Every technician has a toolbox, but what do you NEED to have in it? While there’s no “right” answer, here is a list of tools that FlexTrades’ most successful technicians always have in their toolboxes – and some recommendations for the average Joe, too.

Hand Tools

  • Wrenches
  • Hand Drivers
  • Pliers
  • Hammers
  • Chisels & Punches
  • Files & Deburring Tools

Power Tools

  • Drills & Drivers
  • Cutters & Saws
  • Grinders & Sanders

Measuring Tools

  • Calipers & Micrometers
  • Square
  • Scale
  • Indicators & Edge Finders


  • Flashlights
  • Calculator
  • Markers & Soapstone
  • Notebook

Hand Tools for Your Toolbox


Machinists and maintenance technicians need a good set of wrenches, ratchets, and sockets in typical SAE and metric sizes. A good adjustable wrench and a set of Allen wrenches are also must haves. Most also carry a quality torx set because of their prevalence in industrial settings.

Hand Drivers

Hand drivers may be the toothbrush of tools; rarely appreciated though used every day, but that’s what makes them essential. Every technician prefers a power tool for any job, but sometimes you can’t get power tools where they need to be. A good selection of hand drivers with varied lengths and a multitude of heads (slotted, Philips, square, etc.) can often be a big job saver.



Whether used for holding work pieces, trimming and stripping wires or turning the nut a wrench can’t reach, a technician can never have too many pliers. From slip-joint to locking and needle-nose to linesman’s, make sure this tool is well represented in your bag.


Technician or not, everybody knows about hammers, but those used in manufacturing aren’t your father’s claw hammer. It doesn’t matter if you need to set tooling and fixtures, make repairs, fine adjustments, or just knock something loose. A good collection of specialty hammers such as ball peens, brass, and dead blows will more than pull their weight in the shop.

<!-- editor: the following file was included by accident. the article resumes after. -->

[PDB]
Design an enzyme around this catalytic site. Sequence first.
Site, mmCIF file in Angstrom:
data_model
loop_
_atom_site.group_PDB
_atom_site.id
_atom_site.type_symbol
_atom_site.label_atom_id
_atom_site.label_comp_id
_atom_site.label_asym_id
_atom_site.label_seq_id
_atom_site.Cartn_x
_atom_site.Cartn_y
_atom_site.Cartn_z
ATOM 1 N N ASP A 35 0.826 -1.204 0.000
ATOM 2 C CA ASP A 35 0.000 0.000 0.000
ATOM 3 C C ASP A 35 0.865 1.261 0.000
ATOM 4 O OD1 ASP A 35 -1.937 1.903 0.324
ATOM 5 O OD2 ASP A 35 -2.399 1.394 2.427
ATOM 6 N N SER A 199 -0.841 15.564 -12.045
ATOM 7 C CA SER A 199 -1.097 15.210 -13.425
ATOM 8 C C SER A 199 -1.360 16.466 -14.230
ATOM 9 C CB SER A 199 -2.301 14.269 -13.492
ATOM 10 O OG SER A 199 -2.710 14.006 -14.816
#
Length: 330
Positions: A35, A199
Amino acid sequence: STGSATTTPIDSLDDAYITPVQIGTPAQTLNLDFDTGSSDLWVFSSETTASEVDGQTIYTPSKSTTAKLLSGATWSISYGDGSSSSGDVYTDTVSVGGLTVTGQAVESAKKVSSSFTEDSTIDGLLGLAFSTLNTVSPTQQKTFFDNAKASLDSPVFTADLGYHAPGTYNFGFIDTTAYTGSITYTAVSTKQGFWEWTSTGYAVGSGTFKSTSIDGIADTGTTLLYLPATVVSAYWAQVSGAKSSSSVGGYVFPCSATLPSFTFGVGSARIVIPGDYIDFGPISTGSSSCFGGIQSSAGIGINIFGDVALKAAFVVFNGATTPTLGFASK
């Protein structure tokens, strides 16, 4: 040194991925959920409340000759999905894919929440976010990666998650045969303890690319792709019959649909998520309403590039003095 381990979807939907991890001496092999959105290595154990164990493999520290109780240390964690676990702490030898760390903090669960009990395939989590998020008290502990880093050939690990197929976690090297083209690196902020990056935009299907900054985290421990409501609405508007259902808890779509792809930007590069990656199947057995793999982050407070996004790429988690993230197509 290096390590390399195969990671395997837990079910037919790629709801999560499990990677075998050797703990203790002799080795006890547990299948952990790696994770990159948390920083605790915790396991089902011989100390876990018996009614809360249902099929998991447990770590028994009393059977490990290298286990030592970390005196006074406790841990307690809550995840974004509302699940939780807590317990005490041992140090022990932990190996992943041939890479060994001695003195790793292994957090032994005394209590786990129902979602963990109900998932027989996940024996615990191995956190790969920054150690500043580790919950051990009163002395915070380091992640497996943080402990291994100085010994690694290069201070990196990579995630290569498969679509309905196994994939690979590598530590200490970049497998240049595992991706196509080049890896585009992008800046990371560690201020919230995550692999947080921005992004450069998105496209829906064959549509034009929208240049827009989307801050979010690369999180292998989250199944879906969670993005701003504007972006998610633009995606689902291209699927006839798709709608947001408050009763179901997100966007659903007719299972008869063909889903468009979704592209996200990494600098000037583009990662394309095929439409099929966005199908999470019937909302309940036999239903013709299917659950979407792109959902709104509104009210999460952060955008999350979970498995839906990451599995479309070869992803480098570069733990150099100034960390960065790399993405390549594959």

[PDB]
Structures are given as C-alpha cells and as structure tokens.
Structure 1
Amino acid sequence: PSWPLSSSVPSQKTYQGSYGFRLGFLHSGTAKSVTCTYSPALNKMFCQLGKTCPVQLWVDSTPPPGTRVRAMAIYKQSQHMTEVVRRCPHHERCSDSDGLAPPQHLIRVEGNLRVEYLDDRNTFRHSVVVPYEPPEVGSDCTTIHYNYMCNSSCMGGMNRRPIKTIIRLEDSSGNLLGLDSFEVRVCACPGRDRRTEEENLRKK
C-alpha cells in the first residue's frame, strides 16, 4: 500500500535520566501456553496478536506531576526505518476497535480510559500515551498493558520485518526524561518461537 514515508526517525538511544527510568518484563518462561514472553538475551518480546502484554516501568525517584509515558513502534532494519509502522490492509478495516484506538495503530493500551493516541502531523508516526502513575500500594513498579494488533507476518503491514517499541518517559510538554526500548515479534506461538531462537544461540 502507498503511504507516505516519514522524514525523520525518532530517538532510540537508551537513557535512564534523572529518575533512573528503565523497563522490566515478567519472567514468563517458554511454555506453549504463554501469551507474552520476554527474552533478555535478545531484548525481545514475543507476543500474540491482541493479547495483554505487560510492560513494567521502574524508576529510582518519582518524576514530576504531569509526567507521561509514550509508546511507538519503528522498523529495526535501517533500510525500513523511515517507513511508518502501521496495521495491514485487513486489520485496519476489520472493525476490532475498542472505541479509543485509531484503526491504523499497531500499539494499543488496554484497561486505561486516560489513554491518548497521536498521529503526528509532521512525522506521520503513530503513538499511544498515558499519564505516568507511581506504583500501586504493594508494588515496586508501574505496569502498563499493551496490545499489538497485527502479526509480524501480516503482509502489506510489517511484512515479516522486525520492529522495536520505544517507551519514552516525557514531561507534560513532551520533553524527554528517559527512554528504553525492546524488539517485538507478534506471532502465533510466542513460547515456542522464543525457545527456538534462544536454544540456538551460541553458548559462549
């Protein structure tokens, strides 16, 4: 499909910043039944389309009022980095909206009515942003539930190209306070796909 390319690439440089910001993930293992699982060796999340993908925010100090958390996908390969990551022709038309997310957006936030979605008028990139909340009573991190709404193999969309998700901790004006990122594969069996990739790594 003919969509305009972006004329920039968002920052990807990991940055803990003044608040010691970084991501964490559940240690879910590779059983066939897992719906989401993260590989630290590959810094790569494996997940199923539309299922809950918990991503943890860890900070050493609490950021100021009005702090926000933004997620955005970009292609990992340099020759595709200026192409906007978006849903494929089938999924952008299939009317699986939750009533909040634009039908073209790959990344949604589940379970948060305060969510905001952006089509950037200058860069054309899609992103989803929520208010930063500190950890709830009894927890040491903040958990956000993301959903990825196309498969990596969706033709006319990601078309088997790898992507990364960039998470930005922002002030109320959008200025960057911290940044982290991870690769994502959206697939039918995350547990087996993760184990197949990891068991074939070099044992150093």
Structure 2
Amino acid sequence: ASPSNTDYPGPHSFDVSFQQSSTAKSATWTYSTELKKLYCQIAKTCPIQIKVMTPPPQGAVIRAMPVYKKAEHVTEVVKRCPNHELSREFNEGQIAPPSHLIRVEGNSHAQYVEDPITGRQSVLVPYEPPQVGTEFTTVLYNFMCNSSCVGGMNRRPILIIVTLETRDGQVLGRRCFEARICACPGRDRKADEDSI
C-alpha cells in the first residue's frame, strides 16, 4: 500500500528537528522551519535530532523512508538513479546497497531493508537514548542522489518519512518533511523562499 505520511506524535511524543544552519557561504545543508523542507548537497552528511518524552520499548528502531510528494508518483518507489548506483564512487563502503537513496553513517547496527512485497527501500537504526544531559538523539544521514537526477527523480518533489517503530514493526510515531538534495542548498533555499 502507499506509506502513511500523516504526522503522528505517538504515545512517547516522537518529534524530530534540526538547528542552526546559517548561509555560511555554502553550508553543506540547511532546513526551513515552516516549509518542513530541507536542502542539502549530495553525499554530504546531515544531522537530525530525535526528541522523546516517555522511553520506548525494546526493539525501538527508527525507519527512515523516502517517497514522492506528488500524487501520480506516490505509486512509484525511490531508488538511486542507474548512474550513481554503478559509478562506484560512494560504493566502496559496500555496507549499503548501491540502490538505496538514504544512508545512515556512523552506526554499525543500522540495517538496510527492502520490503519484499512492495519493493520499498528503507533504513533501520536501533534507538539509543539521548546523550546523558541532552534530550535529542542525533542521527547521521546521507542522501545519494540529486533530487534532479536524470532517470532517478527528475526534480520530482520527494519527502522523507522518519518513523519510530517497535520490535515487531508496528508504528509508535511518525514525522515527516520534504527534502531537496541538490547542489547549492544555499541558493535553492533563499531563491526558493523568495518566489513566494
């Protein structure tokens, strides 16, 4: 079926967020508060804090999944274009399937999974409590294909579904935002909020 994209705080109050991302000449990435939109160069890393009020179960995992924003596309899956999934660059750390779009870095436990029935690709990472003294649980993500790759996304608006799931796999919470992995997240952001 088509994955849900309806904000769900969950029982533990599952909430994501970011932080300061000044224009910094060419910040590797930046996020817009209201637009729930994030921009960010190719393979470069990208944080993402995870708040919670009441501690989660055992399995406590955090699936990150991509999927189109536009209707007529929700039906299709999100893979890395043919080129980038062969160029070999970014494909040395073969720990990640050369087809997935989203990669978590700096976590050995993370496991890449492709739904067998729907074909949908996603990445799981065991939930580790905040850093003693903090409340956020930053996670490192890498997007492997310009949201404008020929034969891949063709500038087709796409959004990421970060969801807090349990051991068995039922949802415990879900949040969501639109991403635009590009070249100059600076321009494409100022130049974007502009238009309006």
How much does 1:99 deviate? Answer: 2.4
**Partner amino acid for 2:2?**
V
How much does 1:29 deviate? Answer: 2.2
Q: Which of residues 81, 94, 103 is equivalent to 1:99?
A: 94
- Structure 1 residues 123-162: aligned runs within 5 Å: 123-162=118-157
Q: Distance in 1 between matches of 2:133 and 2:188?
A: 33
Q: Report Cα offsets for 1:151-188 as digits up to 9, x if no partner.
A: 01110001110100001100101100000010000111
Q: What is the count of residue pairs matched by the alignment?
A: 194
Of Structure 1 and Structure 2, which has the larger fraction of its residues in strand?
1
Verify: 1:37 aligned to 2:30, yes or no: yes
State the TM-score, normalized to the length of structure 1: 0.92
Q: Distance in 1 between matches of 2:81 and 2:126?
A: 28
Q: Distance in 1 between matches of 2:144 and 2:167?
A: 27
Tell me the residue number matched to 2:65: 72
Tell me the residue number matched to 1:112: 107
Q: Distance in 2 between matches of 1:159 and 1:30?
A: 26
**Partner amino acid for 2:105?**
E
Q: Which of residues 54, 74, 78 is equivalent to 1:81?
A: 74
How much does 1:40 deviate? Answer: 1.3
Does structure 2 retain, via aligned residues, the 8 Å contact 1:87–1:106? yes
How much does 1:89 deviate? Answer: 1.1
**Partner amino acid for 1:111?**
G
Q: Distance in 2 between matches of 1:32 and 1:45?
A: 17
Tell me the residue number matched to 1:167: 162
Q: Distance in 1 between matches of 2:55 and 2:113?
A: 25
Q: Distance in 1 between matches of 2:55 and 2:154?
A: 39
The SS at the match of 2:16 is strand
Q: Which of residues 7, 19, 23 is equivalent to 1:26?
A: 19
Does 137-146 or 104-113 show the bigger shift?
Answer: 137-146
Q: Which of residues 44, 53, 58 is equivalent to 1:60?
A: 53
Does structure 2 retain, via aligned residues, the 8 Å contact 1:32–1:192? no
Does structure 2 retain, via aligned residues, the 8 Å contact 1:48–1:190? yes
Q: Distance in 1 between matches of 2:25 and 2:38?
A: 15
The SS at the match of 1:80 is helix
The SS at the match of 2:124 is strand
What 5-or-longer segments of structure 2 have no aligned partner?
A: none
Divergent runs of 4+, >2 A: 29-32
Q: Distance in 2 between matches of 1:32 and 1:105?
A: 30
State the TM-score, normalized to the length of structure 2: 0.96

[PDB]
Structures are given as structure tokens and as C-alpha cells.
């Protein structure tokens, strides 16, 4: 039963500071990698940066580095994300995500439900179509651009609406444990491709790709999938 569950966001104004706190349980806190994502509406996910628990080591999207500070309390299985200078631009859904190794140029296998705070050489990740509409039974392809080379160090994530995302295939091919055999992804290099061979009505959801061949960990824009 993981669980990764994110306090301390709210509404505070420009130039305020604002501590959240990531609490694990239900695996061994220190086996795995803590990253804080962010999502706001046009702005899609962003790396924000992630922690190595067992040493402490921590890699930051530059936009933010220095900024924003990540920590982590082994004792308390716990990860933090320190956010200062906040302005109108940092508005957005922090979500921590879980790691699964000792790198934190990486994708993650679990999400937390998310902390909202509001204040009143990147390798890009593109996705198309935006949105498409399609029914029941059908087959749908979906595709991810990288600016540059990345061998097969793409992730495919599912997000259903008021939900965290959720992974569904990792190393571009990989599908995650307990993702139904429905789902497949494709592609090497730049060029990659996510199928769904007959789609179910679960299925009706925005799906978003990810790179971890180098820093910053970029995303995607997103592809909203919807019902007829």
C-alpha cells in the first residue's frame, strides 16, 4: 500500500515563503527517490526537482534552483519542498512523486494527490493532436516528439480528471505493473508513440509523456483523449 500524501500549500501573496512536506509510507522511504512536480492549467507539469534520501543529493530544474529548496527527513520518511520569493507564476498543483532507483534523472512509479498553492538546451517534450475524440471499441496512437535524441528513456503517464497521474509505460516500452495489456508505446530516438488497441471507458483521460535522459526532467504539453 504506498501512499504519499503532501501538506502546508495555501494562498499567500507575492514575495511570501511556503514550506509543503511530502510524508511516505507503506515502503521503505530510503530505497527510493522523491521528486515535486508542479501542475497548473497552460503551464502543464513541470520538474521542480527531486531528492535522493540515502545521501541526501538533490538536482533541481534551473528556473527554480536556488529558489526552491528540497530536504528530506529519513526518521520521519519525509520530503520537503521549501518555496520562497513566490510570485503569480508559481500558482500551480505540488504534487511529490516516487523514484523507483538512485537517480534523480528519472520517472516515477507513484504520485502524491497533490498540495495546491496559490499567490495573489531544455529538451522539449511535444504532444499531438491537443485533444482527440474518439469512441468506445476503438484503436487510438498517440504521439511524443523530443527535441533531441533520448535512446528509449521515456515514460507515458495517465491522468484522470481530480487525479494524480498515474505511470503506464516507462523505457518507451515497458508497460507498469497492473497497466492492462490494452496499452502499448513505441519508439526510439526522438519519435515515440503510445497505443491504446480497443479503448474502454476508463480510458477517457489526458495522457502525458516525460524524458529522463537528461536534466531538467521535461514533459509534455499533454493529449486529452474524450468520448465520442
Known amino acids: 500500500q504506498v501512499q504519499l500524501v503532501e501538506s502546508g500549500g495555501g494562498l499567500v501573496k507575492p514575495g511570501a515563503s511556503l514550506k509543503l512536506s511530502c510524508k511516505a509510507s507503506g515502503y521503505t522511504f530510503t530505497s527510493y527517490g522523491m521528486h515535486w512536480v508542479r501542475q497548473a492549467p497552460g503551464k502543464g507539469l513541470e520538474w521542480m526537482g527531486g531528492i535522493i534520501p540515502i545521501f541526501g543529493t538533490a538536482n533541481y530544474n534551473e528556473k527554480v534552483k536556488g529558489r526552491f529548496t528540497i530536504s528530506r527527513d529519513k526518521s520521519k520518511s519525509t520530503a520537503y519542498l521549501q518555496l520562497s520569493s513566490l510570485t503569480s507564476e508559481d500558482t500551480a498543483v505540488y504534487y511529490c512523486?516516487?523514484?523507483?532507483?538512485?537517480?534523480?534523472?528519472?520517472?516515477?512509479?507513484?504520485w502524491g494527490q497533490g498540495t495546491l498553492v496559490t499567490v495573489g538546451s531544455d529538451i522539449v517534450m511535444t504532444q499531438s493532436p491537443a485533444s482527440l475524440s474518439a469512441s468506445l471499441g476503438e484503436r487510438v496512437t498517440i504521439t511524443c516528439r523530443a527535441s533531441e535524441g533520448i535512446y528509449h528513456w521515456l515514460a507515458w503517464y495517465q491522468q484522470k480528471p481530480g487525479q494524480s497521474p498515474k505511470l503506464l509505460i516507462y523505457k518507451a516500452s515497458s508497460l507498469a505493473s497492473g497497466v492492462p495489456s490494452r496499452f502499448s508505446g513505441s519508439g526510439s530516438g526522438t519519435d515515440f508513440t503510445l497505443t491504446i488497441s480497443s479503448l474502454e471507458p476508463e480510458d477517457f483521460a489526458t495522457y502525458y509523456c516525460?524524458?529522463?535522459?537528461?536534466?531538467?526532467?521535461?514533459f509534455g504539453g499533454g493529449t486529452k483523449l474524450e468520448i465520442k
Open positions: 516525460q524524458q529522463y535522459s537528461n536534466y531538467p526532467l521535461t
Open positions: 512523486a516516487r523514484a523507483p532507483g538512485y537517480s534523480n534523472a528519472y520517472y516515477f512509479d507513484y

Chisels & Punches

Sets of up to 1” for chisels and punches can go a long way for working on tooling, fixtures and finished work pieces. Having them may also be the difference between saving the machine, the tool, or your fingers from unnecessary damage in the process.

Files & Deburring Tools

Files and deburring tools are integral for finish work on parts and features for both machinists and welders. Owning a great set of both is often all that separates a tedious job from an impossible one especially when dealing with fine materials or high tolerance pieces.

Power Tools for Your Toolbox

Drills & Drivers

Drills and drivers replace hand tools, where appropriate, to save time and physical strain. Recent advancements in battery technology now allow many companies to make great entries in this field. However, regardless of brand, the choice will always be between power and physical profile (smaller drills = smaller, less powerful batteries). Be honest about the work you do most or be prepared to see this collection grow quickly.

Cutters and Saws

Cutters and saws help make faster, more accurate, cuts more often than hand tools. You can choose from corded or cordless varieties, and both have their advantages. The convenience and portability of cordless versions normally win in most scenarios. Remember though, it’s still a battery tool. The same considerations apply to these as mentioned for drills and drivers.